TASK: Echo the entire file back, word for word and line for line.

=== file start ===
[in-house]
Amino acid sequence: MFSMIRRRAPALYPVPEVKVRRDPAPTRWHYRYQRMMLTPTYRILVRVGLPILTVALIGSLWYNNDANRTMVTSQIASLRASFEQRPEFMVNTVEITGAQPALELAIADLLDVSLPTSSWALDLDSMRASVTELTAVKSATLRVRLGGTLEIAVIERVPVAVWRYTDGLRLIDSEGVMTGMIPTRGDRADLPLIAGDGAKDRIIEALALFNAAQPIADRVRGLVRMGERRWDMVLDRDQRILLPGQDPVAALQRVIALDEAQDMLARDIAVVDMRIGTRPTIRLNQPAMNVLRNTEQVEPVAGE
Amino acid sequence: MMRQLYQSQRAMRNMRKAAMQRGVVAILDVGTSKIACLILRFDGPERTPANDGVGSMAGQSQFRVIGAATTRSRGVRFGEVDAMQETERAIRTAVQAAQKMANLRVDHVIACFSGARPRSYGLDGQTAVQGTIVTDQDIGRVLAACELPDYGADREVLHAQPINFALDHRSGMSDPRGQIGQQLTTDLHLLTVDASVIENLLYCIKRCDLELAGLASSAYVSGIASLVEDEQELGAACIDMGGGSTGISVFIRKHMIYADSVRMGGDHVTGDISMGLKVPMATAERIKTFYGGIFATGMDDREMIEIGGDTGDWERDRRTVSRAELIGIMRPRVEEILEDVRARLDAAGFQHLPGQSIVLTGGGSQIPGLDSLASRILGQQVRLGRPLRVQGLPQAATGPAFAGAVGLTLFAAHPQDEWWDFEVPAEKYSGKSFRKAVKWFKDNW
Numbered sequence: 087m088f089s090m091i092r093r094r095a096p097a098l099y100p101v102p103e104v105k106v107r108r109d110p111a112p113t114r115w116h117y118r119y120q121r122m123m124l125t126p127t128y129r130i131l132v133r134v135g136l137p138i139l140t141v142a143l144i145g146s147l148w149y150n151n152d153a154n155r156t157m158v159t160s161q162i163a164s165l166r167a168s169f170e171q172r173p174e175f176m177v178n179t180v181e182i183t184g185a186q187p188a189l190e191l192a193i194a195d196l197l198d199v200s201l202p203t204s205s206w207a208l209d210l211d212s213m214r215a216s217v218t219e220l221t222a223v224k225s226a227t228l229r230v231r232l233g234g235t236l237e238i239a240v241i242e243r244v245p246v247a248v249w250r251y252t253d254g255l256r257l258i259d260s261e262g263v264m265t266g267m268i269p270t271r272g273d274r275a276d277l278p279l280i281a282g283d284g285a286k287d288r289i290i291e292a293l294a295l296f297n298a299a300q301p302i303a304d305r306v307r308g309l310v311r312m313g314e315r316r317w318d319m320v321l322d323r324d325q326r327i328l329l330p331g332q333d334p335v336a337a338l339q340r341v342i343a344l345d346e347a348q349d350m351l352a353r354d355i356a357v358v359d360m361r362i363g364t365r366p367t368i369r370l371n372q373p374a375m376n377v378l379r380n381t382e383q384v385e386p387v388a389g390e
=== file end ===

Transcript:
[in-house]
Amino acid sequence: MFSMIRRRAPALYPVPEVKVRRDPAPTRWHYRYQRMMLTPTYRILVRVGLPILTVALIGSLWYNNDANRTMVTSQIASLRASFEQRPEFMVNTVEITGAQPALELAIADLLDVSLPTSSWALDLDSMRASVTELTAVKSATLRVRLGGTLEIAVIERVPVAVWRYTDGLRLIDSEGVMTGMIPTRGDRADLPLIAGDGAKDRIIEALALFNAAQPIADRVRGLVRMGERRWDMVLDRDQRILLPGQDPVAALQRVIALDEAQDMLARDIAVVDMRIGTRPTIRLNQPAMNVLRNTEQVEPVAGE
Amino acid sequence: MMRQLYQSQRAMRNMRKAAMQRGVVAILDVGTSKIACLILRFDGPERTPANDGVGSMAGQSQFRVIGAATTRSRGVRFGEVDAMQETERAIRTAVQAAQKMANLRVDHVIACFSGARPRSYGLDGQTAVQGTIVTDQDIGRVLAACELPDYGADREVLHAQPINFALDHRSGMSDPRGQIGQQLTTDLHLLTVDASVIENLLYCIKRCDLELAGLASSAYVSGIASLVEDEQELGAACIDMGGGSTGISVFIRKHMIYADSVRMGGDHVTGDISMGLKVPMATAERIKTFYGGIFATGMDDREMIEIGGDTGDWERDRRTVSRAELIGIMRPRVEEILEDVRARLDAAGFQHLPGQSIVLTGGGSQIPGLDSLASRILGQQVRLGRPLRVQGLPQAATGPAFAGAVGLTLFAAHPQDEWWDFEVPAEKYSGKSFRKAVKWFKDNW
Numbered sequence: 087m088f089s090m091i092r093r094r095a096p097a098l099y100p101v102p103e104v105k106v107r108r109d110p111a112p113t114r115w116h117y118r119y120q121r122m123m124l125t126p127t128y129r130i131l132v133r134v135g136l137p138i139l140t141v142a143l144i145g146s147l148w149y150n151n152d153a154n155r156t157m158v159t160s161q162i163a164s165l166r167a168s169f170e171q172r173p174e175f176m177v178n179t180v181e182i183t184g185a186q187p188a189l190e191l192a193i194a195d196l197l198d199v200s201l202p203t204s205s206w207a208l209d210l211d212s213m214r215a216s217v218t219e220l221t222a223v224k225s226a227t228l229r230v231r232l233g234g235t236l237e238i239a240v241i242e243r244v245p246v247a248v249w250r251y252t253d254g255l256r257l258i259d260s261e262g263v264m265t266g267m268i269p270t271r272g273d274r275a276d277l278p279l280i281a282g283d284g285a286k287d288r289i290i291e292a293l294a295l296f297n298a299a300q301p302i303a304d305r306v307r308g309l310v311r312m313g314e315r316r317w318d319m320v321l322d323r324d325q326r327i328l329l330p331g332q333d334p335v336a337a338l339q340r341v342i343a344l345d346e347a348q349d350m351l352a353r354d355i356a357v358v359d360m361r362i363g364t365r366p367t368i369r370l371n372q373p374a375m376n377v378l379r380n381t382e383q384v385e386p387v388a389g390e